* Figure uses the ROI (Return on Investment) of $75.00 to every $1.00 spent on tourism marketing furnished by the Branson Lakes Area Chamber of Commerce and CVB.

2nd Column – Published in Branson Daily Independent on Jun. 26, 2014

Million dollar question… “Is it ‘Dicta’ or something that has “obvious precedential value?”

An April 1st post to the web site of the Branson Tri-Lakes News, contained a front page story entitled, “Tourism board firm on legal opinion of payment” by Kris Collins based on a presentation the Ole Seagull made to the Tourism Community Enhancement District (TCED) at its March 27th meeting. In the Ole Seagull’s opinion the piece was more closely related to an advertorial for the TCED than a news piece, but, after all, it was April Fool’s Day.

The piece, written without the reporter even contacting the Ole Seagull, stated that TCED Attorney Matt Trokey had said, “‘The fact that the TCED statute was put in place after the TIF statute and could not have been foreseen and considered by the legislature for exemption doesn’t solidify Groman’s argument,’ Trokey said. ‘That’s what we call dicta in a lawsuit,’ he said. ‘That’s one little fact, that’s not the holding of the case. The holding of the case is if it’s not excluded, it has to be captured.”’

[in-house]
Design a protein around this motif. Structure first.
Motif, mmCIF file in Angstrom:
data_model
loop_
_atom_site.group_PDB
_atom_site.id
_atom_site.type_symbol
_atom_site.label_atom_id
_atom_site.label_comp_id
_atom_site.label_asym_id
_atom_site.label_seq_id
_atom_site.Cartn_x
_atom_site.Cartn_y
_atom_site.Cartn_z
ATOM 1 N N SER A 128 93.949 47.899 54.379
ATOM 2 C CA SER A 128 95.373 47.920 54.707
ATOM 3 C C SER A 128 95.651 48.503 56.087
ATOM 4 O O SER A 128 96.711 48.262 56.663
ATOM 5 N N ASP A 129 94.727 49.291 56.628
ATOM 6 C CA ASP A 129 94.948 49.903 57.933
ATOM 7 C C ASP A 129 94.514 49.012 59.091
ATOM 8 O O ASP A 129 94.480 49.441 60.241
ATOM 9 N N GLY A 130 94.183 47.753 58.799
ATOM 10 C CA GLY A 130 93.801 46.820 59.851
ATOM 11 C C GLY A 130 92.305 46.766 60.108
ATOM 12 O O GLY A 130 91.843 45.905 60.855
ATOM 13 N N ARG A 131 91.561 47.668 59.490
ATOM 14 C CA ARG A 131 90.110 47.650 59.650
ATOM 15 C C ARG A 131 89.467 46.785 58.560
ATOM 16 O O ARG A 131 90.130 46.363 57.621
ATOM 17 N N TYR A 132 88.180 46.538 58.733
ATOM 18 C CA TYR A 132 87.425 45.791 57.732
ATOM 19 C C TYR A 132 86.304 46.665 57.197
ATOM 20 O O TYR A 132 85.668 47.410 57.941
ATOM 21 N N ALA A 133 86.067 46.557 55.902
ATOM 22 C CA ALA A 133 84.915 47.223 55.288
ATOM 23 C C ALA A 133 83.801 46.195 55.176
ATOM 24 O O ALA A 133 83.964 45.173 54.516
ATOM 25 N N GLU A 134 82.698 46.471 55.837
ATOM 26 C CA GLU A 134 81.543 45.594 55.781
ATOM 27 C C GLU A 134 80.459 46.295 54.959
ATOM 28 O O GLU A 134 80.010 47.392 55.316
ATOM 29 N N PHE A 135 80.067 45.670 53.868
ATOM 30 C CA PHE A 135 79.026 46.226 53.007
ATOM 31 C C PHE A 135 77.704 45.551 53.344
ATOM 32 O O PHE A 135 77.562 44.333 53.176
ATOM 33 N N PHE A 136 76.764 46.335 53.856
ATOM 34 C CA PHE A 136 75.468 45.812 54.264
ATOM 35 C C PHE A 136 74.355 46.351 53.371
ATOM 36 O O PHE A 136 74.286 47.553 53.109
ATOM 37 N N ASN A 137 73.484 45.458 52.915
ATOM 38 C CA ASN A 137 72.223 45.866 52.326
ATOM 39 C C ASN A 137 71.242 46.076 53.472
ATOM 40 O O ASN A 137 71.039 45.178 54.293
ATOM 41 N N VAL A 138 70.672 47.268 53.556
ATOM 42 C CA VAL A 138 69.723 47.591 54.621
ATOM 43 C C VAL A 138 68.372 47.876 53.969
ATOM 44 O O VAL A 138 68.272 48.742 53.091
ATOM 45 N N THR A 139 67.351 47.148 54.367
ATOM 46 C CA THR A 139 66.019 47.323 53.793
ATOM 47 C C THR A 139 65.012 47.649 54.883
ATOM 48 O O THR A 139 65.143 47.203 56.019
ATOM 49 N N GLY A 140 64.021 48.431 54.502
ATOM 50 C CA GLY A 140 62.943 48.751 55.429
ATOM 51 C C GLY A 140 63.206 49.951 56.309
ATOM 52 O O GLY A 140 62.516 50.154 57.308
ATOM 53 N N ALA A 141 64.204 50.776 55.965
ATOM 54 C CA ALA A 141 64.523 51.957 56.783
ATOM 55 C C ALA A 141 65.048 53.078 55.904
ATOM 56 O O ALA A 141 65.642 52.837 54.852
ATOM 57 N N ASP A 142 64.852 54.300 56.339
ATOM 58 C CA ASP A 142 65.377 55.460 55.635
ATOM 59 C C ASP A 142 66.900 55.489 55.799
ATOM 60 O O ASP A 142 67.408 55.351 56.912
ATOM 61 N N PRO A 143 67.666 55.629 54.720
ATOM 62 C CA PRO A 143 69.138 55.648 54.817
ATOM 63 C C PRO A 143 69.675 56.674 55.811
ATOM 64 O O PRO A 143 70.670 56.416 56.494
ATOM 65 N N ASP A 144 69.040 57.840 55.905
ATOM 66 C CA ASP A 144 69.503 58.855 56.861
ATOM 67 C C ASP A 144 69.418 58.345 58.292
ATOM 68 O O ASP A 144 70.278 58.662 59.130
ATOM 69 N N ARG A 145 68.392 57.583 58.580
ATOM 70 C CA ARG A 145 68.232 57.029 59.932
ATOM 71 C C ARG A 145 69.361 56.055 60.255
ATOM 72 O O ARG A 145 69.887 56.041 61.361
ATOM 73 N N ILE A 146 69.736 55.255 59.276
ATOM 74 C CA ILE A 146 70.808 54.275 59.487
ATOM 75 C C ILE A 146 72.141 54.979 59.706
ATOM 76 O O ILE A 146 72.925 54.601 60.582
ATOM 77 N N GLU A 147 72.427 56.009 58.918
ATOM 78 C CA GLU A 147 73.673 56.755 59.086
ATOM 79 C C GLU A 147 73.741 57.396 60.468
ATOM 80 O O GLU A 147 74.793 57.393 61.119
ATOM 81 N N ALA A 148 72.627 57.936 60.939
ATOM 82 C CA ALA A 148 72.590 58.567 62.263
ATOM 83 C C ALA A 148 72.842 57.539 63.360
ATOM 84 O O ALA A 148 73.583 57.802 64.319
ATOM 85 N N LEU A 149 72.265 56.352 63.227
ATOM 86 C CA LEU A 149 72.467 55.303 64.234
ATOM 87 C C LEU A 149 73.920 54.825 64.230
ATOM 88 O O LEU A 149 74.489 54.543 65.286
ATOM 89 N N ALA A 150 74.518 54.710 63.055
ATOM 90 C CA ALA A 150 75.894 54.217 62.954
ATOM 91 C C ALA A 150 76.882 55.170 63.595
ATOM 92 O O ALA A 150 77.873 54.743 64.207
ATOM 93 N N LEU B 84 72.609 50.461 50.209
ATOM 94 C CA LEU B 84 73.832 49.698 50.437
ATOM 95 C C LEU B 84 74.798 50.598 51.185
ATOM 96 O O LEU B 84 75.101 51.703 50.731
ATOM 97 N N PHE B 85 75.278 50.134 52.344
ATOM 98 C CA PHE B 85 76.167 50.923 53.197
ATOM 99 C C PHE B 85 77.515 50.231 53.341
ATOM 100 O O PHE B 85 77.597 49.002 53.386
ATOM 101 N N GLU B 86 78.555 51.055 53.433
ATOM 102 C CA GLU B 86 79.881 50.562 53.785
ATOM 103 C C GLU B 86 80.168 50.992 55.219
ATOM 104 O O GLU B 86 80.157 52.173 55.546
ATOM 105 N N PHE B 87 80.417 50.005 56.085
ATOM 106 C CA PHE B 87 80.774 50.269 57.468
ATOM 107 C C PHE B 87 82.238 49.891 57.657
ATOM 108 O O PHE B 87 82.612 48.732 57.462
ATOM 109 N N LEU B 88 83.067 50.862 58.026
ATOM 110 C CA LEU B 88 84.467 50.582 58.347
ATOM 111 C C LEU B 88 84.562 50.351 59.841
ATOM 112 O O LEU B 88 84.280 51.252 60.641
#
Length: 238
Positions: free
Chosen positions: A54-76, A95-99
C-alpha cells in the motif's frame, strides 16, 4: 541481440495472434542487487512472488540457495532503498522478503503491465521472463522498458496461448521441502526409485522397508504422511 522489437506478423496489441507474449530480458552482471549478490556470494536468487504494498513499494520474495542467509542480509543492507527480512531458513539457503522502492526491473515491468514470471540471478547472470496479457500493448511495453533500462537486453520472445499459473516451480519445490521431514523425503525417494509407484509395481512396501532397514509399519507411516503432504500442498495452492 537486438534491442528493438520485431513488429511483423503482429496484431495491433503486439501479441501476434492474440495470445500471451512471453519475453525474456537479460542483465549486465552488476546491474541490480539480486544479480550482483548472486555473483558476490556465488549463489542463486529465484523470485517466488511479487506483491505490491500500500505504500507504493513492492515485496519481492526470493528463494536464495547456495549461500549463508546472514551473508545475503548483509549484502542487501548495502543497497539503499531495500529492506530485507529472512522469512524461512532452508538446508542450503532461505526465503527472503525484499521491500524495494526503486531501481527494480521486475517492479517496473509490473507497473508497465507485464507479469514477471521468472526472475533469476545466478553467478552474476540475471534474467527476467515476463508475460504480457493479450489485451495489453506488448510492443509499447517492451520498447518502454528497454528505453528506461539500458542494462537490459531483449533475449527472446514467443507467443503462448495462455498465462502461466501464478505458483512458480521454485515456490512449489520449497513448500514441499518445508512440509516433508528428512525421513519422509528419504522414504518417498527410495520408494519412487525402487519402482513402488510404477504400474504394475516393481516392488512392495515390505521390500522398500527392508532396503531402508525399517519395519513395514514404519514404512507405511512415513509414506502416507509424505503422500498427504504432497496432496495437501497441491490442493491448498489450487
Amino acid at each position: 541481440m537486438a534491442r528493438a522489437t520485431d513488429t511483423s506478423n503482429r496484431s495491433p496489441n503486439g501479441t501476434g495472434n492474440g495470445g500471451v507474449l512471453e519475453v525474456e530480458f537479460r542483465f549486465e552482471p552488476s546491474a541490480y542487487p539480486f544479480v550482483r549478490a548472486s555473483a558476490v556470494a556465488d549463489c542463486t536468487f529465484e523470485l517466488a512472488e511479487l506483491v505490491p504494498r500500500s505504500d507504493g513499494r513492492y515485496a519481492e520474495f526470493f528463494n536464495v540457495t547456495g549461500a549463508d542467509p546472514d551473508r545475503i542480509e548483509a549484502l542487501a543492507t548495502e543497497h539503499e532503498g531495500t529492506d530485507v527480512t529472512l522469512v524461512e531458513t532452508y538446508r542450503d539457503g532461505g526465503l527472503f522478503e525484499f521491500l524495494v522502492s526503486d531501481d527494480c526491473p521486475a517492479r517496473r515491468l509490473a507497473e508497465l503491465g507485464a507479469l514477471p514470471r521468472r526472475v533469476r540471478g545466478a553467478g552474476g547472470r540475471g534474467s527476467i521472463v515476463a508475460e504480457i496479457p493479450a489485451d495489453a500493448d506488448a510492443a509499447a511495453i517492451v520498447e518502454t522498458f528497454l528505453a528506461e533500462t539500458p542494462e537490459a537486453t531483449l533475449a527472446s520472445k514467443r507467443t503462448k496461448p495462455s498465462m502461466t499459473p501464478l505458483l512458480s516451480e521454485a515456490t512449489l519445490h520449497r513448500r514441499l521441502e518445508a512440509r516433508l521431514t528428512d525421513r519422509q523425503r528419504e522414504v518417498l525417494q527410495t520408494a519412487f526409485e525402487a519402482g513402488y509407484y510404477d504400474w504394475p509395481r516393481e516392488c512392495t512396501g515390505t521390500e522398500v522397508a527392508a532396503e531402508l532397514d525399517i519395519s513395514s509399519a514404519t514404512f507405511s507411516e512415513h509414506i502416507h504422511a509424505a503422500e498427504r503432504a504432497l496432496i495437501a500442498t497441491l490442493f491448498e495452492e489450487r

The initial part of Trokey’s statement was not responsive to the major thrust of what I had presented at the meeting, ignored the facts that are the basis for the very “holding of which he spoke” and tries to apply that “holding” to a whole different set of facts. However, it is the “dicta” portion of the statement that the Ole Seagull finds the most amazing and puts the totality of Trokey’s statement in perspective for him.

In terms of the “dicta” portion of Trokey’s statement” the Ole Seagull, and the four different attorneys he consulted, must exist in a different legal universe. All acknowledged what, in an Ole Seagull’s opinion, most first year law students would know, that what was presented by him at that meeting was anything, but “dicta.”